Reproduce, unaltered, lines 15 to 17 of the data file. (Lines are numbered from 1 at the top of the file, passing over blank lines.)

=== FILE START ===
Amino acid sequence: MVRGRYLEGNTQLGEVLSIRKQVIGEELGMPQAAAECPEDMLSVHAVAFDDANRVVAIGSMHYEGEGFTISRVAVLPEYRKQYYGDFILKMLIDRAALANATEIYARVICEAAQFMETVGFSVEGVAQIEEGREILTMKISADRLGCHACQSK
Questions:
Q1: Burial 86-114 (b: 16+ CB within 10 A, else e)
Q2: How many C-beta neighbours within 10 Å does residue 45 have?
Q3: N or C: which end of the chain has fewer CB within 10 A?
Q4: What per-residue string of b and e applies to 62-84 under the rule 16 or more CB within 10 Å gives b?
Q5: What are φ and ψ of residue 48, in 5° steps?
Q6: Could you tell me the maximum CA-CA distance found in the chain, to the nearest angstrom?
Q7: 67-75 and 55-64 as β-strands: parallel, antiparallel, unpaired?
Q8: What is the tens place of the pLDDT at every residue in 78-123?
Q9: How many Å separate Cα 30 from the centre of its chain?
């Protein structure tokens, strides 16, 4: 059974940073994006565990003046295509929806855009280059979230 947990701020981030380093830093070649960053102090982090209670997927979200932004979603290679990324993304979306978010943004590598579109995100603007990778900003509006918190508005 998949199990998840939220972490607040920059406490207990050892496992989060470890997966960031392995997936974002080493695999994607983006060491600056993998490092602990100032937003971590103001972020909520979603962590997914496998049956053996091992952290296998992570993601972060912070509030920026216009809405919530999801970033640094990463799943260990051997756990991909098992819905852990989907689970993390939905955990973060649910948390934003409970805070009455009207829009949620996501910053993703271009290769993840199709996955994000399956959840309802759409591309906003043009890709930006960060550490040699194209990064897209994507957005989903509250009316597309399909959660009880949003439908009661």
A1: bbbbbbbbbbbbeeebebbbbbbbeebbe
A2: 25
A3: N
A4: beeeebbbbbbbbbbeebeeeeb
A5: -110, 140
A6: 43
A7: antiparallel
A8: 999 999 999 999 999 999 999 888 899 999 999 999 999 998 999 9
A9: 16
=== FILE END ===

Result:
A3: N
A4: beeeebbbbbbbbbbeebeeeeb
A5: -110, 140